Big Twist In Upcoming Brisbane Production of ‘A Clockwork Orange’

Author Anthony Burgess’ controversial classic A Clockwork Orange is being staged at the Brisbane Arts Theatre next month – with a very interesting twist.

The play was first adapted for the stage by Burgess in 1987 from his own novel, in response to Stanley Kubrick’s cult 1971 film adaptation.

It explores an ultra-violent, disenfranchised youth culture, their concurrent clash with authority, and the complete lack of compassion exhibited by the story’s main characters.

Directors Bronwyn Morrow and Greg Scurr said the play explores “gang culture, masculinity, racism, classism, unemployment and moral decay alongside the equally corrupt state, the failed penal system and the defunct church” through realism and physical theatre, supported by a Beethoven soundtrack performed live.

But in an interesting move, Brisbane Arts Theatre’s production will also include two separate casts: one all-male and one all-female.

“The choice to do this was Artistic Director John Boyce’s,” Scurr explained.

“He wanted to explore our perception of violence as associated with a specific gender.

“We all know there are women who offend and commit violent crimes. Perhaps it is something we either don’t think about or morally can’t accept. Violence is not an exclusively male domain.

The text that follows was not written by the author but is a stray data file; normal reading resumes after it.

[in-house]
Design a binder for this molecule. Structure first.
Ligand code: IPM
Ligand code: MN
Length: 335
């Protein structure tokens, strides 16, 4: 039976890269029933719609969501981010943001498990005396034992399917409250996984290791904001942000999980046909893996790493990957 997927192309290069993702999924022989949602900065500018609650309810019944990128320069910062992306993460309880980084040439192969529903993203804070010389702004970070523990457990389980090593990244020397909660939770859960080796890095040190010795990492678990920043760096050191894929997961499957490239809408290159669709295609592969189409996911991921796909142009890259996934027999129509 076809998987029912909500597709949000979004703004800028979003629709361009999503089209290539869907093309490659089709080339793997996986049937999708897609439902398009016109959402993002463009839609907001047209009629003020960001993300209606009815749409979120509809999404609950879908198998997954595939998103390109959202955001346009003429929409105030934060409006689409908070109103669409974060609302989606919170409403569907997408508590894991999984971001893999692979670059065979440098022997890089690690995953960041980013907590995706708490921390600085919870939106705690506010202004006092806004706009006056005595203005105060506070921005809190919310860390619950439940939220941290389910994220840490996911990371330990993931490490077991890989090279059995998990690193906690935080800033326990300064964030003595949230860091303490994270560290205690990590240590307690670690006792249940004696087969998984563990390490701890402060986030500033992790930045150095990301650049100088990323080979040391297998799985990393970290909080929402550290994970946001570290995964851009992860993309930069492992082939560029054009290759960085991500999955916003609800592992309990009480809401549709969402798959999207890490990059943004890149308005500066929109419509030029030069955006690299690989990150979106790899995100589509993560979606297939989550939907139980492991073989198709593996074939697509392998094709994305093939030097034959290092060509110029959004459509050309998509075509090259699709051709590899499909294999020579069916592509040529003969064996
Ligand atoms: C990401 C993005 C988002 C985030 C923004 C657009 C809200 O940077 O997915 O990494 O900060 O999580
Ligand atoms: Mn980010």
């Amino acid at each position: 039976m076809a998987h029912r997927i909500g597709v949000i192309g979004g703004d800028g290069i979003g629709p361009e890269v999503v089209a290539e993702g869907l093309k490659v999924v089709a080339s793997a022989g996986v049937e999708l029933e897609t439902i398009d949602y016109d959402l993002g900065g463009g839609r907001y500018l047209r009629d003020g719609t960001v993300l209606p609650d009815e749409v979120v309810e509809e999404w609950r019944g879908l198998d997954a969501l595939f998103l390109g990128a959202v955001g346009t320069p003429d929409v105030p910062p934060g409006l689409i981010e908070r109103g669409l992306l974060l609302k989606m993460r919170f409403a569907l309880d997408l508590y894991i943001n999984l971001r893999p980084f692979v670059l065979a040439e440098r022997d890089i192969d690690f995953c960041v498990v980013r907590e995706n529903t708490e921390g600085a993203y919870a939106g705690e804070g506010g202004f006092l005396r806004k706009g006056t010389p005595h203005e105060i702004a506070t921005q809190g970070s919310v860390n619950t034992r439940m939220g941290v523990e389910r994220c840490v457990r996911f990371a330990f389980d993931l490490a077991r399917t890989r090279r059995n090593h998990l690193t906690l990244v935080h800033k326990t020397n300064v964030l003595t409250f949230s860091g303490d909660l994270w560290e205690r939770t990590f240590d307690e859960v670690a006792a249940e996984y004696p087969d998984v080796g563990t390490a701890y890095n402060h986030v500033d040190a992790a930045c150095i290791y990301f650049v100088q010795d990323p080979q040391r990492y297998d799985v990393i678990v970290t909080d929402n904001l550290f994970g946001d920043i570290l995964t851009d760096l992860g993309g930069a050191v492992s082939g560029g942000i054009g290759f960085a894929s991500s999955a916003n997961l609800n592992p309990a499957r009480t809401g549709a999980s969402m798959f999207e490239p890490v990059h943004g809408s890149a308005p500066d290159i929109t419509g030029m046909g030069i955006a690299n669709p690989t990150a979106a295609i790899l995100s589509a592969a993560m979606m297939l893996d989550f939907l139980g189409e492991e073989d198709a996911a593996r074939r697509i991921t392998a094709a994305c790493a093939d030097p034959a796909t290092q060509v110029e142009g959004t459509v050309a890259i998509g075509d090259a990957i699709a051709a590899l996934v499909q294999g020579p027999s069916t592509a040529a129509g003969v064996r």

“Today, serving women in the military are expected to commit the same type of violence within their roles as their male colleagues. Whilst we know consciously that women can be violent offenders, seeing women perpetuating violence on stage in an intimate theatre may be confronting and divisive.

“We’re challenging the audience to reconsider that, in fact, a violent woman is not an exception to the rule, but a representative of a broader subset of the female gender.”

Both directors urged audience members to see both casts’ performances and observe their own different reactions.

Morrow said A Clockwork Orange also explores individual choice in conflict with government or institutionally imposed will.

“Anthony Burgess explores the notion of ‘choice’ and ‘freewill’ – and what happens when that is taken away,” she said.

“If it is taken away, then human nature – the natural being – no longer exists. What that ‘natural being’ decides to do when given the choice is up to him or her.”

A Clockwork Orange is on at the Brisbane Arts Theatre from January 6 to February 17. For tickets and more information visit the Brisbane Arts Theatre website.

Nerelle Harper

Nerelle is a contributor for QN Magazine and QNEWS Online

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